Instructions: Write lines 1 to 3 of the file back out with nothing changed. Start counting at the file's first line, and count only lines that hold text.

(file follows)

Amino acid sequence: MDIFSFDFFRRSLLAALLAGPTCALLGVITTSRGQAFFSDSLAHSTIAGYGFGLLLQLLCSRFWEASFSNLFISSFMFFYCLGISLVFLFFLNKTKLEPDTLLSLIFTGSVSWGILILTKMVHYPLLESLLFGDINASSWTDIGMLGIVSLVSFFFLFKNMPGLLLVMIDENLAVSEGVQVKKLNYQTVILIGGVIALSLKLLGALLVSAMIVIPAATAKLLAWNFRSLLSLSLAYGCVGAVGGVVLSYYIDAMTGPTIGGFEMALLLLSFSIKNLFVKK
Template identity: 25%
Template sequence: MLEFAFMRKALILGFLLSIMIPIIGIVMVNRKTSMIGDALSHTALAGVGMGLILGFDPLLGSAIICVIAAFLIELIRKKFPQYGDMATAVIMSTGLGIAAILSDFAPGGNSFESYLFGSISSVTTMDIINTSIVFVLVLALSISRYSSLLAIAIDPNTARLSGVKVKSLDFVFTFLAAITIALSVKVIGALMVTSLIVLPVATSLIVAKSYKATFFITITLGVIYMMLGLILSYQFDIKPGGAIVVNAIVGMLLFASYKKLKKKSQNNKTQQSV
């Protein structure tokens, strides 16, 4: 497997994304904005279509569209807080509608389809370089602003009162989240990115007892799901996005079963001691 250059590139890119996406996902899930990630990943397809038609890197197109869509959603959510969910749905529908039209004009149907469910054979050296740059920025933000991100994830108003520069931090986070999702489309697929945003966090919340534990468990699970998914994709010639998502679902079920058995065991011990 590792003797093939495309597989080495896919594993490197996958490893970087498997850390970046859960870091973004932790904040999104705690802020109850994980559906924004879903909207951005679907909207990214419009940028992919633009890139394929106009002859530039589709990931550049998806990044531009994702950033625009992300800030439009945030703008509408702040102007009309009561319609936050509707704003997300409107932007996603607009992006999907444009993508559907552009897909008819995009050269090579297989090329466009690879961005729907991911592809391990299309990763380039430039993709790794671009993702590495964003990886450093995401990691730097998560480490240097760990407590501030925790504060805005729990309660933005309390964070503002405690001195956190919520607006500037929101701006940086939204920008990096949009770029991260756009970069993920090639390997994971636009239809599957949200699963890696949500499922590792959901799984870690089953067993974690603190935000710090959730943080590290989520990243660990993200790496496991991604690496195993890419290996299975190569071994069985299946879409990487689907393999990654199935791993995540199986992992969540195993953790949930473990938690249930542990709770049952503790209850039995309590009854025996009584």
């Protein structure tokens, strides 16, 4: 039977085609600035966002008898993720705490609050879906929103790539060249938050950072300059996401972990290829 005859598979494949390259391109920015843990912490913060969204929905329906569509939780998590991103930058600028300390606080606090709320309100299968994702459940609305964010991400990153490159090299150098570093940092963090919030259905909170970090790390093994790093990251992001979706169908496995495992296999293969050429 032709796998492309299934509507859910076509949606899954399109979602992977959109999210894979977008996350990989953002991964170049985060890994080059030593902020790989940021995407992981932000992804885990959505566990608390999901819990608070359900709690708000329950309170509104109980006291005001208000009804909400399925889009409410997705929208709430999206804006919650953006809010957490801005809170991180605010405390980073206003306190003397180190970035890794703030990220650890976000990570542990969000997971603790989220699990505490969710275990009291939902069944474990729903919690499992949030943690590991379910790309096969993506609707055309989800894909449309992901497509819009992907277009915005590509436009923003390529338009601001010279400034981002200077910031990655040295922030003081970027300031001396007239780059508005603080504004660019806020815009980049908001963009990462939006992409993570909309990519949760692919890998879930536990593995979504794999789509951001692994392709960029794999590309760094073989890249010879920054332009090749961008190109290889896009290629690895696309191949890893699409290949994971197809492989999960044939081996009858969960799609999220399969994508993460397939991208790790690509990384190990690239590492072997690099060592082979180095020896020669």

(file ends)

Amino acid sequence: MDIFSFDFFRRSLLAALLAGPTCALLGVITTSRGQAFFSDSLAHSTIAGYGFGLLLQLLCSRFWEASFSNLFISSFMFFYCLGISLVFLFFLNKTKLEPDTLLSLIFTGSVSWGILILTKMVHYPLLESLLFGDINASSWTDIGMLGIVSLVSFFFLFKNMPGLLLVMIDENLAVSEGVQVKKLNYQTVILIGGVIALSLKLLGALLVSAMIVIPAATAKLLAWNFRSLLSLSLAYGCVGAVGGVVLSYYIDAMTGPTIGGFEMALLLLSFSIKNLFVKK
Template identity: 25%
Template sequence: MLEFAFMRKALILGFLLSIMIPIIGIVMVNRKTSMIGDALSHTALAGVGMGLILGFDPLLGSAIICVIAAFLIELIRKKFPQYGDMATAVIMSTGLGIAAILSDFAPGGNSFESYLFGSISSVTTMDIINTSIVFVLVLALSISRYSSLLAIAIDPNTARLSGVKVKSLDFVFTFLAAITIALSVKVIGALMVTSLIVLPVATSLIVAKSYKATFFITITLGVIYMMLGLILSYQFDIKPGGAIVVNAIVGMLLFASYKKLKKKSQNNKTQQSV